As the world's fifth largest economy, what happens in California matters greatly and makes the race for governor fascinating. Just last week in the primary, a citizen politician and progressive conservative, Bill Simon Jr., trounced former Los Angeles Mayor Richard Riordan, who mistakenly thought he had to move the Republican Party to the left to beat a failing liberal governor. Simon's values are conservative, and his forward-looking ideas of reform are progressive, positive and optimistic.
Many of California's problems can be laid at the doorstep of Gov. Gray Davis. Simon promises to reform an education system that two-thirds of Californians believe is worse today than it was three years ago when Davis took office. He promises to reform the tax code, which has some of the highest tax rates in the nation and is so burdensome it is driving capital, businesses and jobs out of the state. He pledges to reform water and energy policies and to replace unreasonable regulations and Malthusian environmental restrictions that limit affordable housing, stifle economic growth, retard job creation and punish risk-taking and entrepreneurialism.
Davis' "solutions" to the energy crisis -- price controls, increased government regulation and extremist environmental restrictions -- turned a manageable energy crisis into a debacle. By letting state spending get out of control during the economic good times -- it grew by 37 percent during the last three years while the population grew only 5 percent -- he set the state up for a huge $17 billion budget shortfall when the Greenspan-induced recession hit.
Although Davis contends he wants to avoid raising taxes, he has also said he may have to "go back in and make adjustments." Translation: Davis intends to raise taxes. Ironically, California's budget shortfall can only be solved by cutting tax rates, reducing excessive regulations and easing up on unreasonable environmental restrictions in order to increase output and generate more revenues -- Simon's policies.
The Small Business Survival Committee ranks California 44th out of the 50 states in how it treats small business and entrepreneurs, and on taxes in particular, the Golden State scored even lower. California's top personal income tax rate of 9.3 percent is tied for second highest in the nation, and it has the highest capital gains tax, 9.3 percent.
A high capital gains tax rate doesn't soak the rich, it keeps capital out of the hands of the low- and moderate-income folks who want to move up the ladder of wealth creation. Hernando DeSoto, a leading expert on developing economics, calls the lack of access to capital the greatest deterrent to the elimination of poverty in the world today. That's why Simon is right to propose cutting the top capital gains tax rate and eliminating it altogether for enterprise and empowerment zones in the ghettos and barrios.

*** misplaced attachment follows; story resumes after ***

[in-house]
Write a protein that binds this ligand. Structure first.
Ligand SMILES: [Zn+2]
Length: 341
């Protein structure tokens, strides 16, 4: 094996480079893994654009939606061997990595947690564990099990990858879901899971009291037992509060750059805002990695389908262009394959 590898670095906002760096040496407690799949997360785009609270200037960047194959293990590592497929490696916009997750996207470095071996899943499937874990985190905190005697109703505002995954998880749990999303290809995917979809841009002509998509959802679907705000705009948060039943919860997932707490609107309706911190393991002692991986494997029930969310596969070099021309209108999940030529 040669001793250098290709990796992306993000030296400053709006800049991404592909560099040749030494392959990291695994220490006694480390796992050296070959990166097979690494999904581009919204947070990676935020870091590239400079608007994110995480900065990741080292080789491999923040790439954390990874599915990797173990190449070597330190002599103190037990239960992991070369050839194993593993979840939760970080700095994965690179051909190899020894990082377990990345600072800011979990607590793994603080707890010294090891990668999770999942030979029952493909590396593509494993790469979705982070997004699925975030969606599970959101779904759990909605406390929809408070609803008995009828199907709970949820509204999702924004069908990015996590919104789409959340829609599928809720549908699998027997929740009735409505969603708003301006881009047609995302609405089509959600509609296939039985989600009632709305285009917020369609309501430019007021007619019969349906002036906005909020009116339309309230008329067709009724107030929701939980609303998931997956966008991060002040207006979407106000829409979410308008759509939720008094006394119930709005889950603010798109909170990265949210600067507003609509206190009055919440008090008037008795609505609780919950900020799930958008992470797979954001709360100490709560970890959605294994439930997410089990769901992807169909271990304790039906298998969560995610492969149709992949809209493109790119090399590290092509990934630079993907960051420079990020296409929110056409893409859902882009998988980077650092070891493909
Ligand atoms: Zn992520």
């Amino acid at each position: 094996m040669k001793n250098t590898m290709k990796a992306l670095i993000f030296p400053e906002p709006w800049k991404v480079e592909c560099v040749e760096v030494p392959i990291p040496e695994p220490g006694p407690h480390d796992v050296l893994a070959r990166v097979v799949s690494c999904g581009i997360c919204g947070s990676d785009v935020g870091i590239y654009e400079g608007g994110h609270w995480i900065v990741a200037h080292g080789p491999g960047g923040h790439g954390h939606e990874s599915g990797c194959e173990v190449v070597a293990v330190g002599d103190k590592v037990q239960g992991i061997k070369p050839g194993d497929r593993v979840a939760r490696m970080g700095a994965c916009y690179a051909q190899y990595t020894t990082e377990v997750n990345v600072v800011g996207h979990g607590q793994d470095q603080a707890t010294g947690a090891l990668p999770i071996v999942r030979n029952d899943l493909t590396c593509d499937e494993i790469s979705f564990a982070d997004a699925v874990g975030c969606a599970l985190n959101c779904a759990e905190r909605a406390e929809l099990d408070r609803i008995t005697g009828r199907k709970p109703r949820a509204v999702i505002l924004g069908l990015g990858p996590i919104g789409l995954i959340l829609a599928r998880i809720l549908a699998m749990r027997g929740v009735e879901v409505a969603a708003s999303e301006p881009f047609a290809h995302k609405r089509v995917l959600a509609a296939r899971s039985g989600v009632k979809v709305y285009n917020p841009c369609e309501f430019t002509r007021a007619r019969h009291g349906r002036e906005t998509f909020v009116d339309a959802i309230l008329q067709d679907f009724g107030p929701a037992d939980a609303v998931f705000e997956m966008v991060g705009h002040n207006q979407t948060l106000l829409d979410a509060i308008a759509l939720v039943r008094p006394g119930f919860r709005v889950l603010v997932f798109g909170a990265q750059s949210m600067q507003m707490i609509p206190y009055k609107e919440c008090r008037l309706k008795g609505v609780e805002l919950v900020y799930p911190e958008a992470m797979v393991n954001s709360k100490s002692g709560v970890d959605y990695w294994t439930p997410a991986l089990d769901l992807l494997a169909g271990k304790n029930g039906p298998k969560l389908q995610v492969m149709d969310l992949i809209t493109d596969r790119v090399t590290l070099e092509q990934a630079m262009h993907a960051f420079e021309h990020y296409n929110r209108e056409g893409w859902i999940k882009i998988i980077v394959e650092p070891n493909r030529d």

When Riordan said it is a bad idea to cut capital gains tax rates, he fell into the same trap the national Republican Party falls into by clinging to a static view of the economy and cowering before the liberals' class-warfare tactics, which are based on a static view of both the economy and the electorate. This view represents a kind of "demand-side," zero-sum politics where a candidate assumes voters are stuck at their current economic status and the "supply" of voters is fixed. Simon sees California's human capital as its greatest resource.
He is running a "supply-side" political campaign, expanding the electorate by giving new voters in the vast center of the political spectrum a reason to turn out and support him.
Conventional wisdom holds that with the growing Hispanic and minority voting populations in California the Democratic Party has a lock on the Latino and black vote because it offers them a growing menu of social services and public-sector jobs that Republicans refuse to support. Given a choice between government handouts or a job in the bureaucracy and no job at all, of course voters of all ethnic backgrounds would choose the government solution. And they will vote against politicians who threaten to cut their social-service benefits or reduce the size of public payrolls without offering them an alternative vision of hope and economic opportunity in the private economy.
If given a choice between more government handouts and the opportunity to work in the private sector, create personal wealth, start a business and own a home, voters of all races and backgrounds will more and more choose ownership over handouts, and they will vote for the candidate who pledges his life and career to offer them that kind of vision. That's why Simon will defeat Davis, who is stuck in the tired and failed liberal nostrums of the past.